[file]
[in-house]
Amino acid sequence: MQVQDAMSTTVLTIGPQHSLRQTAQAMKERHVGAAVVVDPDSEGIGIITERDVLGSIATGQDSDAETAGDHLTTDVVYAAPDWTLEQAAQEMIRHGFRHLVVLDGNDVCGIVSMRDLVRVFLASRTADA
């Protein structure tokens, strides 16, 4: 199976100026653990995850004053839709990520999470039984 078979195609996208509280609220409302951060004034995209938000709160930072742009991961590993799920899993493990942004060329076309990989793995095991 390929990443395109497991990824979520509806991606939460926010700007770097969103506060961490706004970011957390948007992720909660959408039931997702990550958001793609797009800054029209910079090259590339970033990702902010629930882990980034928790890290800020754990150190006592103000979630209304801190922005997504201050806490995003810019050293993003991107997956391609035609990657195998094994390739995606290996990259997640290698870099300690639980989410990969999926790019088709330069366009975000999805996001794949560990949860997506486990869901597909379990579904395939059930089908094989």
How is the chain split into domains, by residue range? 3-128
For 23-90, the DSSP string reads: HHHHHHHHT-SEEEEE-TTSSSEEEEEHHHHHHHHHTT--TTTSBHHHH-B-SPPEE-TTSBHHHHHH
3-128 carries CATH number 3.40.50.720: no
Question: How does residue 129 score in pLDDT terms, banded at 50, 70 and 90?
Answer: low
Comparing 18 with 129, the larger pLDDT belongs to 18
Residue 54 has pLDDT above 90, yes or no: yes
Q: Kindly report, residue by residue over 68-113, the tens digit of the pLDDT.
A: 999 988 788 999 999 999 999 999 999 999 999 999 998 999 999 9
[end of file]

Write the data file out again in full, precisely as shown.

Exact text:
[in-house]
Amino acid sequence: MQVQDAMSTTVLTIGPQHSLRQTAQAMKERHVGAAVVVDPDSEGIGIITERDVLGSIATGQDSDAETAGDHLTTDVVYAAPDWTLEQAAQEMIRHGFRHLVVLDGNDVCGIVSMRDLVRVFLASRTADA
């Protein structure tokens, strides 16, 4: 199976100026653990995850004053839709990520999470039984 078979195609996208509280609220409302951060004034995209938000709160930072742009991961590993799920899993493990942004060329076309990989793995095991 390929990443395109497991990824979520509806991606939460926010700007770097969103506060961490706004970011957390948007992720909660959408039931997702990550958001793609797009800054029209910079090259590339970033990702902010629930882990980034928790890290800020754990150190006592103000979630209304801190922005997504201050806490995003810019050293993003991107997956391609035609990657195998094994390739995606290996990259997640290698870099300690639980989410990969999926790019088709330069366009975000999805996001794949560990949860997506486990869901597909379990579904395939059930089908094989």
How is the chain split into domains, by residue range? 3-128
For 23-90, the DSSP string reads: HHHHHHHHT-SEEEEE-TTSSSEEEEEHHHHHHHHHTT--TTTSBHHHH-B-SPPEE-TTSBHHHHHH
3-128 carries CATH number 3.40.50.720: no
Question: How does residue 129 score in pLDDT terms, banded at 50, 70 and 90?
Answer: low
Comparing 18 with 129, the larger pLDDT belongs to 18
Residue 54 has pLDDT above 90, yes or no: yes
Q: Kindly report, residue by residue over 68-113, the tens digit of the pLDDT.
A: 999 988 788 999 999 999 999 999 999 999 999 999 998 999 999 9